Rekindling Curiosity in the Business Owner
Business owners need to reflect on the journey. We all get bogged down in the present challenges and the machine that we have created. For those of you who have listened to my podcast (shameless plug), I always start the interview off by asking the guest to share their professional journey with the audience. How did you get here? This often leads to a reflection of the struggles and subsequent breakthroughs that brough them the success they now enjoy. This isn’t just a time filler. I find that reflection on that journey will help the guest remember what was really important to them when they started their business or took over the reigns from another. This is where passion resides, and I can often hear it in their voices. This reflection can be the spark that ignites their desire to be creative and innovative.
While personal reflection may be the spark, engagement with their industry is the fuel. Again, sometimes business owners get mired down in the day-to-day operations, or short-term goals. When they are hyper focused on their entity, they can become oblivious to the world around them. This is where I would encourage business owners to stay up to date with current industry trends, new concepts, and emerging technologies. Take time to read trade publications (not so subtle nod to those that publish my opinions) because this is where you find the gold. The folks that produce the publication that you are reading right now spend countless hours curating industry information with the hope that their work will make your organization just a little bit better.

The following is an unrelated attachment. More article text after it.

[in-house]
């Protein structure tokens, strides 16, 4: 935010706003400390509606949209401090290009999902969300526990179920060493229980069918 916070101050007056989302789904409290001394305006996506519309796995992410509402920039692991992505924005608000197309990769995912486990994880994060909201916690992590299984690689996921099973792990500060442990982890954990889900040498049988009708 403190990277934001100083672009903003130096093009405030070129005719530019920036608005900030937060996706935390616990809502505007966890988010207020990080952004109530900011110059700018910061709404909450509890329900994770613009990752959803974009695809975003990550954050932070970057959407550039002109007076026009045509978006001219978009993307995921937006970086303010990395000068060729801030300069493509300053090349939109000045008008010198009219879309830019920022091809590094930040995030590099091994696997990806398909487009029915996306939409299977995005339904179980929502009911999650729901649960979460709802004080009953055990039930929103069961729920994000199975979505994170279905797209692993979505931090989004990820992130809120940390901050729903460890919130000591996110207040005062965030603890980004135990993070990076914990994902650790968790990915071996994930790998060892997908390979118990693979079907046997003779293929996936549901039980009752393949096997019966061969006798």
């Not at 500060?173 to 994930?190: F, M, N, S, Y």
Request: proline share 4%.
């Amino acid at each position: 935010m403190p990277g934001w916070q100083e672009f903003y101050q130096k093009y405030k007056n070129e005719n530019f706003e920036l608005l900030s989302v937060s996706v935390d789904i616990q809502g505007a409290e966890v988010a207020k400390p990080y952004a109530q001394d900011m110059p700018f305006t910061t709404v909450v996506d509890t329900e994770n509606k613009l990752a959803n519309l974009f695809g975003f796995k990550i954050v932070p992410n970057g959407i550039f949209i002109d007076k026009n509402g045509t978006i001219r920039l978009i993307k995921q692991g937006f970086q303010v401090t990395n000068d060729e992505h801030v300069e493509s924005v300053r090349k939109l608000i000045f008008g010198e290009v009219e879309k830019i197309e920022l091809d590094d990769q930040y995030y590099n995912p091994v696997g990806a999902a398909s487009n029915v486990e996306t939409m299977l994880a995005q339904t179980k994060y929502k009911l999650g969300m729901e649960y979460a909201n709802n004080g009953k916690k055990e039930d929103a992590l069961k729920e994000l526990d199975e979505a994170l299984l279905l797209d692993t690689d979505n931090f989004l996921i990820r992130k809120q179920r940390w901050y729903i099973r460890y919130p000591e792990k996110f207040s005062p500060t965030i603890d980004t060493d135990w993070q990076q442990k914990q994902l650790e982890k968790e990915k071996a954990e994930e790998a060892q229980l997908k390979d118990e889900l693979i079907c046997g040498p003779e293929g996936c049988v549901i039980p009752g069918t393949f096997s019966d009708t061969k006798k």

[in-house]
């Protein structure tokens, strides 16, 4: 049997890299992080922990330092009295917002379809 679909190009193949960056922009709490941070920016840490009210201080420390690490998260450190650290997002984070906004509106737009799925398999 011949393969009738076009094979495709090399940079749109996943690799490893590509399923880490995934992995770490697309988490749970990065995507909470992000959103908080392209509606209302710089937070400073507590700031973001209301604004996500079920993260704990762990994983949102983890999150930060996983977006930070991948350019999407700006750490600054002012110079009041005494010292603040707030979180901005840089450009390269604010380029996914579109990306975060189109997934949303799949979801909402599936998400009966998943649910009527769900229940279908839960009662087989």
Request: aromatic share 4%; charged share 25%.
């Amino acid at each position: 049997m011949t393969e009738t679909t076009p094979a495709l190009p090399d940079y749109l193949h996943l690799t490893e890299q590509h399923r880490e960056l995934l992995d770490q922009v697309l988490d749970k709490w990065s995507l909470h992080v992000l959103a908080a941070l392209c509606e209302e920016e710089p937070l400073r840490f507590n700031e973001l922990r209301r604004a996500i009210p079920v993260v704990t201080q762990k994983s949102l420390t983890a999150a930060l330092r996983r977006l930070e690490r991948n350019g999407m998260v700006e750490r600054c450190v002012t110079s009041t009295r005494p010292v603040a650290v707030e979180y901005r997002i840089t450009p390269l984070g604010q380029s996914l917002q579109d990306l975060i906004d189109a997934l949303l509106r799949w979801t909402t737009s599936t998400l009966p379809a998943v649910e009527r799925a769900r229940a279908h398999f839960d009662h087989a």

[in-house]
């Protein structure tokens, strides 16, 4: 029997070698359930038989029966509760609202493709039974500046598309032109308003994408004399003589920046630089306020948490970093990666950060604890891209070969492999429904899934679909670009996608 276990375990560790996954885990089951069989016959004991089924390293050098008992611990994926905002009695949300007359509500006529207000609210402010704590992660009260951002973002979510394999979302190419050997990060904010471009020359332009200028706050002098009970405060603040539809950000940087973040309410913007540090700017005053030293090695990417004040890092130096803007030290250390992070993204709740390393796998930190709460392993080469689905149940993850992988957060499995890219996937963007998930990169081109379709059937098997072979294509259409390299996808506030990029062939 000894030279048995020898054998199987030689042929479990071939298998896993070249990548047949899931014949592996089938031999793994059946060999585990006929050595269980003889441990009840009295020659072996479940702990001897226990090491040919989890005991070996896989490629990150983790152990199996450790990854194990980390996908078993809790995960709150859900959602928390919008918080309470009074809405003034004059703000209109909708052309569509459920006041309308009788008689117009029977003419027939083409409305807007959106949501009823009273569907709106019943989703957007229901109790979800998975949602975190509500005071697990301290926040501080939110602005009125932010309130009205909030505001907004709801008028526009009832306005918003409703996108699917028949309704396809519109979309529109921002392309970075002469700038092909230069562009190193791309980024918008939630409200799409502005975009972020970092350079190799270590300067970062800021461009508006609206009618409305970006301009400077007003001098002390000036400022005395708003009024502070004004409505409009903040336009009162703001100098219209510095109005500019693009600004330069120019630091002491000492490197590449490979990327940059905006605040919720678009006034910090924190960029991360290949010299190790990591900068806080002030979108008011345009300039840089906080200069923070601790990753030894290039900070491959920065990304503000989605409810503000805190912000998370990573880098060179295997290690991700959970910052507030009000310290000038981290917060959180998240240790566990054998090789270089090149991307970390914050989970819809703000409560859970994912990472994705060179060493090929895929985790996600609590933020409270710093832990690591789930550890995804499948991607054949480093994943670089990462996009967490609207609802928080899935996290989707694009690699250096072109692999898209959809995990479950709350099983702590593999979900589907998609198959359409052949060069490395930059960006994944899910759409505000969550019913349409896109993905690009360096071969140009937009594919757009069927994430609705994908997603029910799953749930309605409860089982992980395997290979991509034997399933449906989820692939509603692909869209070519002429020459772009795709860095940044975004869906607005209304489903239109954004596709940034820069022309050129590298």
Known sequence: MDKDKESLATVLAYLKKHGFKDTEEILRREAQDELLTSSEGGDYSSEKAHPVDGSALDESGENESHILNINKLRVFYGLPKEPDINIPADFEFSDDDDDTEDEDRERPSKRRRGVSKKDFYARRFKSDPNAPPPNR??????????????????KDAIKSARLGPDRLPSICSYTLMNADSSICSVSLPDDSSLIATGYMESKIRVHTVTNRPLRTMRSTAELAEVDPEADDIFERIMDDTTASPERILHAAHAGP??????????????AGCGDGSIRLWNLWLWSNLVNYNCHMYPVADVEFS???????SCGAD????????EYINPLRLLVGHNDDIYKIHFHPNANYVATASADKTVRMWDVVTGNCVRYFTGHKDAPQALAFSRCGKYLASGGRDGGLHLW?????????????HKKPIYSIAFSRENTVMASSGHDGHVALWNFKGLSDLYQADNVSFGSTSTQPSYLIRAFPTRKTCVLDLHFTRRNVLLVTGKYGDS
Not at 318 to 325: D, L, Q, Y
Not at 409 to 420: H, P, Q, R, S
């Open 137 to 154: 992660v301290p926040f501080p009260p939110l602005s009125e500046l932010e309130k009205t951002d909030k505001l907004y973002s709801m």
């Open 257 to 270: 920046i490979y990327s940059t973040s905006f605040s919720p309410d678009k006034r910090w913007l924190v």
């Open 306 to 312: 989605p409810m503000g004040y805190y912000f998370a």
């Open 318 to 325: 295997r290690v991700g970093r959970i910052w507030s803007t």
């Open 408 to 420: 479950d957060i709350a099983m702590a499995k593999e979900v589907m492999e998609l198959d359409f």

Seek fresh perspectives. Beyond the plethora of online and print-based information, business owners need to get out of the office and mingle with their peers. Many years ago, when I was a distributor, I used to love one particular segment of my industry trade show – the rap session. Essentially, this was where distributors, manufacturers, and their representative agencies would sit at round tables to discuss some predetermined questions. I didn’t care if I was sitting with a competitor or a manufacturer we didn’t carry, I always walked away from that table with some nugget of wisdom. I was always baffled, and a bit disappointed, that these sessions were not better attended. One friend of mine used to say that the ninety minutes he spent in the rap session would pay for the cost of attending the show 10 times over.
It is really easy to fall into predictive patterns of thought and action. This is not uncommon for both business owners and business associates. The trick is to recognize when we are falling into a mode of professional complacency and find ways to steer out of the rut. Give yourself the space to be spontaneous and curious. When you find that spark, share it. Innovation and passion will be soon to follow. Stay curious, my friends, and know that I am always here to help.
Tagged with best practices